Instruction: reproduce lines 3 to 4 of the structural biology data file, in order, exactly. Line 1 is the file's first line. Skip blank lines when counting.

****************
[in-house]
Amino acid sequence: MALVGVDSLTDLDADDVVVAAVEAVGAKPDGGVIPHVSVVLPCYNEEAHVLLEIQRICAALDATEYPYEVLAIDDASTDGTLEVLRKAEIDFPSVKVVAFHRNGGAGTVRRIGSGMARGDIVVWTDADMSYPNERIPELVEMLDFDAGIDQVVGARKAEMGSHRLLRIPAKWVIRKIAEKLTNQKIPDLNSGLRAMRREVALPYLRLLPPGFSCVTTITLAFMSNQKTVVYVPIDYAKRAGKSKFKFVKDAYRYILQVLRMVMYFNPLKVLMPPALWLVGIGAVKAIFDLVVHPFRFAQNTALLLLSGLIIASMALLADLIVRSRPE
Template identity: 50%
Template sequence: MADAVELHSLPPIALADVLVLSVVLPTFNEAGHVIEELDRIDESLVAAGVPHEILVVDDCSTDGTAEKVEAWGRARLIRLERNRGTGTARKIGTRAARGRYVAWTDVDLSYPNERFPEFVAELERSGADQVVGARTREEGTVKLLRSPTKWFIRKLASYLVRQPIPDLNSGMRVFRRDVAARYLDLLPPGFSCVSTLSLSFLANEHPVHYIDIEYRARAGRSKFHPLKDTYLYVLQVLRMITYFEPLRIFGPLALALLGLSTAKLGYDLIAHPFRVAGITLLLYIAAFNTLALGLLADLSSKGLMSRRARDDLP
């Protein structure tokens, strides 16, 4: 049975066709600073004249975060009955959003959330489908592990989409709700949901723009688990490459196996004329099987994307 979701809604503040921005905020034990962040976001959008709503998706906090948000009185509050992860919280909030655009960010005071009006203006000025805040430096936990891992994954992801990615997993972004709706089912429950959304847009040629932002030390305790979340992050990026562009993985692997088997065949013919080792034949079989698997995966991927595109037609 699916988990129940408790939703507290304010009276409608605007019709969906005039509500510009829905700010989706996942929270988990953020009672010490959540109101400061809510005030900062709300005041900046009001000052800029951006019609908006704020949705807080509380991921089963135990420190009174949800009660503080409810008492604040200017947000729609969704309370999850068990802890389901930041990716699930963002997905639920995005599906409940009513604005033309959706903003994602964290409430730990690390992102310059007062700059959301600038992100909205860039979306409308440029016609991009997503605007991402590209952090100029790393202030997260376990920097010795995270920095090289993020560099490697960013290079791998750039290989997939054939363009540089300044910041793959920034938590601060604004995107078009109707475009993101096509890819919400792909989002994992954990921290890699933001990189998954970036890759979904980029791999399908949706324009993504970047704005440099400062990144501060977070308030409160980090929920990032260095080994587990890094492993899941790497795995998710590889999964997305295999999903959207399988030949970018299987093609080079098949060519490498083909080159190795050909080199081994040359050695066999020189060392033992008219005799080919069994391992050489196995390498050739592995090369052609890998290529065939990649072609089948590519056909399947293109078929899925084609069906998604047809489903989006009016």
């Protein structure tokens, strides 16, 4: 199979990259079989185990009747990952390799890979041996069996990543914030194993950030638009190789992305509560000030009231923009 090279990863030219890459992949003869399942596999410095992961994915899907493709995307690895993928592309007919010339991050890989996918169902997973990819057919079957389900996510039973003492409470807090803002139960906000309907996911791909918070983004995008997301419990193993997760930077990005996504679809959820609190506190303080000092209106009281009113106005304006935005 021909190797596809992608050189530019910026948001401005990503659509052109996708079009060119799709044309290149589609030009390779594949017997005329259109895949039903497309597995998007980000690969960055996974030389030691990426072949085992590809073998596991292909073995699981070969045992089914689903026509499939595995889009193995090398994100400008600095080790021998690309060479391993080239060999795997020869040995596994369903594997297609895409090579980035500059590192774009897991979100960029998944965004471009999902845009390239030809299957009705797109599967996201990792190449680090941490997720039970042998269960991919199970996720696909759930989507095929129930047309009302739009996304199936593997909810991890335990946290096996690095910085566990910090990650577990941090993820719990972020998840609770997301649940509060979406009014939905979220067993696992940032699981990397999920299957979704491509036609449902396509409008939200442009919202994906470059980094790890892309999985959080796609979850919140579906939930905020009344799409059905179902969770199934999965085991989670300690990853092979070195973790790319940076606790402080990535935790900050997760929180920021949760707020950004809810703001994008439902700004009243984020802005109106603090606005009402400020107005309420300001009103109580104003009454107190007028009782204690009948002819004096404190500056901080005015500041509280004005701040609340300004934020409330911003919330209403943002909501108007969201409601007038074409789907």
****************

Template identity: 50%
Template sequence: MADAVELHSLPPIALADVLVLSVVLPTFNEAGHVIEELDRIDESLVAAGVPHEILVVDDCSTDGTAEKVEAWGRARLIRLERNRGTGTARKIGTRAARGRYVAWTDVDLSYPNERFPEFVAELERSGADQVVGARTREEGTVKLLRSPTKWFIRKLASYLVRQPIPDLNSGMRVFRRDVAARYLDLLPPGFSCVSTLSLSFLANEHPVHYIDIEYRARAGRSKFHPLKDTYLYVLQVLRMITYFEPLRIFGPLALALLGLSTAKLGYDLIAHPFRVAGITLLLYIAAFNTLALGLLADLSSKGLMSRRARDDLP